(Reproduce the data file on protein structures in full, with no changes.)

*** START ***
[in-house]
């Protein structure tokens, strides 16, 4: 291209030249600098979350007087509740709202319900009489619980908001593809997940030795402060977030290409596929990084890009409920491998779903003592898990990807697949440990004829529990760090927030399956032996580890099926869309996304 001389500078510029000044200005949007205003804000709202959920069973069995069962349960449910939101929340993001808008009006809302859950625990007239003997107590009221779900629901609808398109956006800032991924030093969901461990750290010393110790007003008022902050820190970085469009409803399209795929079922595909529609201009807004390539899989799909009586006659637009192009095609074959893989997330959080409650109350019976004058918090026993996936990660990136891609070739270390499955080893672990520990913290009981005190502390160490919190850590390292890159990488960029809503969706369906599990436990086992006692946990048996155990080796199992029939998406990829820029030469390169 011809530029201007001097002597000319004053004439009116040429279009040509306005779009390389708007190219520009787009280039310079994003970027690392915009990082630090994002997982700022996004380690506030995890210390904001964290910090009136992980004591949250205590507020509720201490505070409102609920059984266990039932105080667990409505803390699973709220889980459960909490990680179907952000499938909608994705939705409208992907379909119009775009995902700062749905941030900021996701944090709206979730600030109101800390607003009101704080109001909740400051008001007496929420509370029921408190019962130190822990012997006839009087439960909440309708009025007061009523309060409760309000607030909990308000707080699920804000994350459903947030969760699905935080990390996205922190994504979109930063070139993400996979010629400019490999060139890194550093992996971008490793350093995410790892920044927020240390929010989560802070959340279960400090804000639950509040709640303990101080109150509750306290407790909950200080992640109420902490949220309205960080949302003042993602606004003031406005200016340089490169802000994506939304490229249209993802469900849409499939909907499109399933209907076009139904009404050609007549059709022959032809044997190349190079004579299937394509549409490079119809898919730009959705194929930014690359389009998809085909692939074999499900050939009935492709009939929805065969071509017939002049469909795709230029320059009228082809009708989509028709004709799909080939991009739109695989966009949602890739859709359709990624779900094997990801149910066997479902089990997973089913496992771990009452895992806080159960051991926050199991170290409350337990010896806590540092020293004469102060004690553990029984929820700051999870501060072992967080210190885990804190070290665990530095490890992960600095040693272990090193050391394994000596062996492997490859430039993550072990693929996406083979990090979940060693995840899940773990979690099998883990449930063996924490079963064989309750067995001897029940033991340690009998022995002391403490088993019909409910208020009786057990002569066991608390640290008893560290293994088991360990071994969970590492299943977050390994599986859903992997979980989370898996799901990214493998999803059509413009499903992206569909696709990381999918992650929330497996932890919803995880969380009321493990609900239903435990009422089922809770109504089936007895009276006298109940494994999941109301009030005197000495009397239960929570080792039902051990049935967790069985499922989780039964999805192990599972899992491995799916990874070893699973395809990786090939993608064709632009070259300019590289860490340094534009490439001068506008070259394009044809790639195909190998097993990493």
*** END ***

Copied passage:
[in-house]
């Protein structure tokens, strides 16, 4: 291209030249600098979350007087509740709202319900009489619980908001593809997940030795402060977030290409596929990084890009409920491998779903003592898990990807697949440990004829529990760090927030399956032996580890099926869309996304 001389500078510029000044200005949007205003804000709202959920069973069995069962349960449910939101929340993001808008009006809302859950625990007239003997107590009221779900629901609808398109956006800032991924030093969901461990750290010393110790007003008022902050820190970085469009409803399209795929079922595909529609201009807004390539899989799909009586006659637009192009095609074959893989997330959080409650109350019976004058918090026993996936990660990136891609070739270390499955080893672990520990913290009981005190502390160490919190850590390292890159990488960029809503969706369906599990436990086992006692946990048996155990080796199992029939998406990829820029030469390169 011809530029201007001097002597000319004053004439009116040429279009040509306005779009390389708007190219520009787009280039310079994003970027690392915009990082630090994002997982700022996004380690506030995890210390904001964290910090009136992980004591949250205590507020509720201490505070409102609920059984266990039932105080667990409505803390699973709220889980459960909490990680179907952000499938909608994705939705409208992907379909119009775009995902700062749905941030900021996701944090709206979730600030109101800390607003009101704080109001909740400051008001007496929420509370029921408190019962130190822990012997006839009087439960909440309708009025007061009523309060409760309000607030909990308000707080699920804000994350459903947030969760699905935080990390996205922190994504979109930063070139993400996979010629400019490999060139890194550093992996971008490793350093995410790892920044927020240390929010989560802070959340279960400090804000639950509040709640303990101080109150509750306290407790909950200080992640109420902490949220309205960080949302003042993602606004003031406005200016340089490169802000994506939304490229249209993802469900849409499939909907499109399933209907076009139904009404050609007549059709022959032809044997190349190079004579299937394509549409490079119809898919730009959705194929930014690359389009998809085909692939074999499900050939009935492709009939929805065969071509017939002049469909795709230029320059009228082809009708989509028709004709799909080939991009739109695989966009949602890739859709359709990624779900094997990801149910066997479902089990997973089913496992771990009452895992806080159960051991926050199991170290409350337990010896806590540092020293004469102060004690553990029984929820700051999870501060072992967080210190885990804190070290665990530095490890992960600095040693272990090193050391394994000596062996492997490859430039993550072990693929996406083979990090979940060693995840899940773990979690099998883990449930063996924490079963064989309750067995001897029940033991340690009998022995002391403490088993019909409910208020009786057990002569066991608390640290008893560290293994088991360990071994969970590492299943977050390994599986859903992997979980989370898996799901990214493998999803059509413009499903992206569909696709990381999918992650929330497996932890919803995880969380009321493990609900239903435990009422089922809770109504089936007895009276006298109940494994999941109301009030005197000495009397239960929570080792039902051990049935967790069985499922989780039964999805192990599972899992491995799916990874070893699973395809990786090939993608064709632009070259300019590289860490340094534009490439001068506008070259394009044809790639195909190998097993990493």